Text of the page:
Two political newcomers are running to become the Republican candidate for a House seat left vacant by redistricting.
Bridget Schneider and Dan Hawkins seek the House District 100 seat formerly held by Mario Goico in western Wichita. The winner of the Aug. 7 primary will face Democrat John Willoughby in November.
Redistricting shifted the boundaries of District 100 to include parts of District 90, 94 and 105. Goico was placed in District 94, where he is running unopposed. About 45 percent of District 100 remains the same as before.
Schneider, a stay-at-home mom who grew up on a farm in Lebo, has lived in the district for seven years.
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She decided to run for office after seeing friends lose their jobs and families move out of state for work.
“That pulls on my heartstrings,” she said. “The economy needs to be jumpstarted.”
To do so, Schneider wants to continue Brownback’s tax and spending cuts. She doesn’t think it will be difficult to find areas in which to cut spending.
“There’s a lot of waste in government,” she said. “There are a lot of areas we can do with less.”
She could not say for certain what areas could be cut. She also did not offer specifics about what areas of the state budget would be a priority for her. She said she would learn should she become elected.
“I don’t think it’s necessary for me to speak in specifics right now,” Schneider said. “I’m not going to say things that I’m not yet comfortable with, if I haven’t grasped all the information. I think it’s important that I learn and grow before I make a specific decision.”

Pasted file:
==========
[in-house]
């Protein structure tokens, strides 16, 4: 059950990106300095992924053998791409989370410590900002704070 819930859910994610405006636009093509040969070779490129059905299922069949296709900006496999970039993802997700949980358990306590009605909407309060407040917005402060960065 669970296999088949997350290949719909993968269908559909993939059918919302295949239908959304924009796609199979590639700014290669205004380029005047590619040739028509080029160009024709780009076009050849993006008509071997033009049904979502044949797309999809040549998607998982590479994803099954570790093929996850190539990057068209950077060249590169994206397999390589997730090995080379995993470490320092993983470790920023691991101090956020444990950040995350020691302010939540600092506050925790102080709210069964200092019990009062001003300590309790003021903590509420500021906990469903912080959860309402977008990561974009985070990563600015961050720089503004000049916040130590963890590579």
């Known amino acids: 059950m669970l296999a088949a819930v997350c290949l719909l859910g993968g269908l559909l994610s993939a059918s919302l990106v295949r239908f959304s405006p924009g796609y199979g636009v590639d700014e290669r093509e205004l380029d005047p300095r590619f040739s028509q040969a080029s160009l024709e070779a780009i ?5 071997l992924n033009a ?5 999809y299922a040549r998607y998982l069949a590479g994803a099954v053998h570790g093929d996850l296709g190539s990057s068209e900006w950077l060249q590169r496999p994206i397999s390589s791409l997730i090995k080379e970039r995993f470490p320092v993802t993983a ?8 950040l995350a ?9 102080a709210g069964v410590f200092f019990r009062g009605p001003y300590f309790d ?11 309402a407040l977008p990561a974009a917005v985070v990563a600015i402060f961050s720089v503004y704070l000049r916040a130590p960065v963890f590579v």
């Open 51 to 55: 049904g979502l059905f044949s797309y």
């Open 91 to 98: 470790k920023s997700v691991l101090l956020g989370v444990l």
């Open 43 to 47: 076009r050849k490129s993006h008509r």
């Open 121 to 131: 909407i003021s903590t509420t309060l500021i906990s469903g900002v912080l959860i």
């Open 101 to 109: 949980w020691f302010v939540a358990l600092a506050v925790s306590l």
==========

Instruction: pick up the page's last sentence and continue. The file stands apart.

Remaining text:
Schneider said it’s important to create jobs, reduce taxes and reduce regulations on small businesses.
She offered the way she runs her own family as an example.
“We’re a cash-only family — we don’t spend what we don’t have,” Schneider said. Kansans should expect the same from her regarding the state budget, she said.
“Nothing is sacred when the funds aren’t there.”
As for education, Schneider, a former elementary schoolteacher, doesn’t think schools need more money.
“We can’t keep doing the same thing and expect different results,” she said. Teachers “don’t need more money, they need less restrictions.”
Hawkins takes a slightly different approach to education but agrees that the education budget doesn’t need to be increased.
“Throwing more money doesn’t solve the problem,” Hawkins said. “Maybe what we need to do is to start looking at some of the internal parts of the school.”
Hawkins has owned his own insurance business for 21 years. He said he would bring a business approach to education and suggested possibly combining school districts to find efficiencies.
“Before we cut or add to our education budget, wouldn’t it be nice to know if the system itself is operating properly?” he said.
Hawkins would apply this business logic to other areas of government.
“There are a lot of places where we can make government more efficient,” he said. “I don’t necessarily think cutting is the answer, but we have to have a balanced budget.”
Like Schneider, Hawkins doesn’t have specific areas he would cut. He said changes in taxes and regulations would encourage businesses to come to Kansas.
On taxes, Hawkins would like to see relief for grocery sales taxes and property taxes. He also is intrigued by the flat tax and “fair tax” models.
Should a “fair tax” be proposed in the House, Hawkins said he would support it.
One area Hawkins would like to focus on is getting health care for the uninsurable.
Hawkins, who has specialized in employee benefits for 11 years, opposes the Affordable Healthcare Act and thinks health care should be administered at the state level.
“In Kansas, we have the ability to do that right now,” he said. “Instead of redoing the entire system, why don’t we subsidize that system and help the uninsurable?”